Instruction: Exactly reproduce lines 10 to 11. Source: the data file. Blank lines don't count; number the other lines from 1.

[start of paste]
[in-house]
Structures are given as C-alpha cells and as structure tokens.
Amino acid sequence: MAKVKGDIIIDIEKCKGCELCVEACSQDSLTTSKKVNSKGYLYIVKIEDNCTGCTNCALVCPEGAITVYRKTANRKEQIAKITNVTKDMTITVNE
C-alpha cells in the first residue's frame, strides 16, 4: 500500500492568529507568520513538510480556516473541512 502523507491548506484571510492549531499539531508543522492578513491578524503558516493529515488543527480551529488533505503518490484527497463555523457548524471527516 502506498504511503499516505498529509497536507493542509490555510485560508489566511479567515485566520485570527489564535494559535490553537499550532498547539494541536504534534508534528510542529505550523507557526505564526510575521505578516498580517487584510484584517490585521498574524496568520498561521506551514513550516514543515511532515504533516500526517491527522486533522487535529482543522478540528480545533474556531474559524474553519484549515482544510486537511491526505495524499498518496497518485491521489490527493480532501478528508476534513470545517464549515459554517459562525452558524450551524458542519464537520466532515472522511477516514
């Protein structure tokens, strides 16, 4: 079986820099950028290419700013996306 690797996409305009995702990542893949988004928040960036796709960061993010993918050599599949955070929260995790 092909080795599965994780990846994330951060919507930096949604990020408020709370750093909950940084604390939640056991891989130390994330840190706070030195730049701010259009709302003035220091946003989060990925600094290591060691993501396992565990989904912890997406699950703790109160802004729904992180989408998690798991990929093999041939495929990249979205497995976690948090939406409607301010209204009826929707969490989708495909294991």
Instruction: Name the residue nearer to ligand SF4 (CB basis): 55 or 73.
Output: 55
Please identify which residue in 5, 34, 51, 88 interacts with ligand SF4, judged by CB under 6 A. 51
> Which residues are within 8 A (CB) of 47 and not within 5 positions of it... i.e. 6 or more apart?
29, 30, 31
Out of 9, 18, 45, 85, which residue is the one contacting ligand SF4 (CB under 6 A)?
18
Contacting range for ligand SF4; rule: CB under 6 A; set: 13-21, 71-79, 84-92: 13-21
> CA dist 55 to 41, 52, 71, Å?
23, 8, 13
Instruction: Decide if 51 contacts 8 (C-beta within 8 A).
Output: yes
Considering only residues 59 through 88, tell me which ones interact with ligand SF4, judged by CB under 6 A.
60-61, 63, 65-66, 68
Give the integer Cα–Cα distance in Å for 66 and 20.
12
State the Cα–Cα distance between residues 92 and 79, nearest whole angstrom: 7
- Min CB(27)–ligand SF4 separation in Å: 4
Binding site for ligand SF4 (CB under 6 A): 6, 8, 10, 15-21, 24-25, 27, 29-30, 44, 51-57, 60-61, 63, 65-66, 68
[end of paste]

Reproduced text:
29, 30, 31
Out of 9, 18, 45, 85, which residue is the one contacting ligand SF4 (CB under 6 A)?